Discussion of the Erroneous Convictions Law, G. L. c. 258D, which permits individuals who have been wrongfully convicted and imprisoned to sue for relief including damages, and of the "grounds which tend to establish innocence" test. [211-214]
In a civil action in which the plaintiff sought compensation for his wrongful conviction and imprisonment, the judge erred in denying the Commonwealth's motion for judgment on the pleadings, where the facts and circumstances underlying the reversal of the plaintiff's conviction did not tend to show the plaintiff's innocence, in that the reversal was based on the erroneous admission in evidence of additional hearsay evidence of guilt provided by his codefendants, not the exclusion of evidence probative of the plaintiff's innocence. [214-216]
CIVIL ACTION commenced in the Superior Court Department on December 20, 2007.
The case was heard by Geraldine S. Hines, J., on a motion for judgment on the pleadings.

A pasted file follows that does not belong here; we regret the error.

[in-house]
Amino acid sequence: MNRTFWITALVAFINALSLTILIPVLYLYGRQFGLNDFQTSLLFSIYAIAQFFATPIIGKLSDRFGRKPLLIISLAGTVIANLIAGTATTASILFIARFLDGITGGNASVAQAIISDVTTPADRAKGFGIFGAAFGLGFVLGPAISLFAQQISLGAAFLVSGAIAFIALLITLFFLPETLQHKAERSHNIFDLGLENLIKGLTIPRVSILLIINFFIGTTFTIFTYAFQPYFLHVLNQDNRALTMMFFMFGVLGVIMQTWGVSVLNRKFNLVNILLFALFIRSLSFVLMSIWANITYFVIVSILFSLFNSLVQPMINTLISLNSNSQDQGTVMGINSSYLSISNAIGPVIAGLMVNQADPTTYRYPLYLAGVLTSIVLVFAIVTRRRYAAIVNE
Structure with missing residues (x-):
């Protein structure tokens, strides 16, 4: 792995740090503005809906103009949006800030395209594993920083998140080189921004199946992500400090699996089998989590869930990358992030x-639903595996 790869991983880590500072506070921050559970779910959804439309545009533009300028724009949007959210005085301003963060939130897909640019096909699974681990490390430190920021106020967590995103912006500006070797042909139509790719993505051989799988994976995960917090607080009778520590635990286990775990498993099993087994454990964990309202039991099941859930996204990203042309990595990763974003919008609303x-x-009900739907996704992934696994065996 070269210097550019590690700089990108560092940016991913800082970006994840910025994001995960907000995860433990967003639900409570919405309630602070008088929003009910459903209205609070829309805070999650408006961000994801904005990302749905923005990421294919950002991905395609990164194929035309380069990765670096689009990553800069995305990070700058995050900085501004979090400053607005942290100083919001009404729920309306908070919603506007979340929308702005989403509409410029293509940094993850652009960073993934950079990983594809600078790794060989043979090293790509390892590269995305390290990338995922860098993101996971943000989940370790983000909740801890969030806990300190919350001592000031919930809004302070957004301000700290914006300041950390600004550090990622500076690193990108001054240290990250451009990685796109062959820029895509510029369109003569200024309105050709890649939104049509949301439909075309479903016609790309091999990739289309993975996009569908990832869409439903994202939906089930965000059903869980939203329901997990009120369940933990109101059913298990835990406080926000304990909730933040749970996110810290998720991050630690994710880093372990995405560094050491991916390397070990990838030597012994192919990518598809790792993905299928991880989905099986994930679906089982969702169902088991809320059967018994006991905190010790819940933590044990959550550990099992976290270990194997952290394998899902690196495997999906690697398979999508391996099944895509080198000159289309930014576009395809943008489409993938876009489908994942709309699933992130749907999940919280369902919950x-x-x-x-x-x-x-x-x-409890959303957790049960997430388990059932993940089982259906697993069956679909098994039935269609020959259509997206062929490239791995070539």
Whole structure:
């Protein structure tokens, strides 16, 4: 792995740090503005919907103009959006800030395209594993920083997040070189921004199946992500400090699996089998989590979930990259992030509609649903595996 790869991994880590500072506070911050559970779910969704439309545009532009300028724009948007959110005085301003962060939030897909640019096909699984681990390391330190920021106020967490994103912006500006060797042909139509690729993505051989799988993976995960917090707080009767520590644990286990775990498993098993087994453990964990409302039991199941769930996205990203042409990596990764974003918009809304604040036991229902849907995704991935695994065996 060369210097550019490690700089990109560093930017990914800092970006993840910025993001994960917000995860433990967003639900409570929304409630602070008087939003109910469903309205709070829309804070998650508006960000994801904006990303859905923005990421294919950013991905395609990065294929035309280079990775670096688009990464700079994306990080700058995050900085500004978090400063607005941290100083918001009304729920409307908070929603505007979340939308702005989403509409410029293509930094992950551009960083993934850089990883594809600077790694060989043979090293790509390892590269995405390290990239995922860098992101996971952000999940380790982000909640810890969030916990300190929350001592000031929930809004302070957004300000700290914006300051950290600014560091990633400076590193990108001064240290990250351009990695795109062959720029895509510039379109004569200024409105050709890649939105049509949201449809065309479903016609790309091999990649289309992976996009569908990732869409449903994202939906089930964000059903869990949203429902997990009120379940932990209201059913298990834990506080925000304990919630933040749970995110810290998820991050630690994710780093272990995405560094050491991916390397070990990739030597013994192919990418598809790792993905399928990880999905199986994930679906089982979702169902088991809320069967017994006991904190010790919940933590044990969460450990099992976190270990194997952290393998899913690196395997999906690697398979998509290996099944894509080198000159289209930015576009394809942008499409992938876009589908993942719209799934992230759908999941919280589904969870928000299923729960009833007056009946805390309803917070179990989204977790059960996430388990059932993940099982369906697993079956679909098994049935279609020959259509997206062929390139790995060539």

Helene Kazanjian, Assistant Attorney General, for the Commonwealth.
John F. Palmer for the defendant.
KAFKER, J. The plaintiff, Michael Riley, was convicted in 1986 of manslaughter and other charges as a joint venturer, but the Supreme Judicial Court reversed his convictions for violations of Bruton v. United States, 391 U.S. 123 (1968) (Bruton). See Commonwealth v. Cunningham, 405 Mass. 646 , 660 (1989) (reversing convictions of Leo Cunningham and Riley because of Bruton errors). At a retrial, Riley was acquitted of all charges. Following passage of the Erroneous Convictions Law, G. L.
c. 258D, Riley brought this action seeking compensation for his wrongful conviction and imprisonment. The question before us is whether Riley falls within the class of persons eligible to seek compensation under the statute. More particularly, we must decide whether his conviction was reversed on "grounds resting upon facts and circumstances probative of the proposition that the claimant did not commit the crime." Guzman v. Commonwealth, 458 Mass. 354 , 362 (2010) (Guzman), quoting from Guzman v. Commonwealth, 74 Mass. App. Ct. 466 , 477 (2009). We conclude that the reversal based on the Bruton grounds here -- that is, the erroneous admission of additional hearsay evidence of guilt provided by his codefendants -- did not render him eligible for compensation, and we therefore reverse the order of the Superior Court judge denying the Commonwealth's motion for judgment on the pleadings.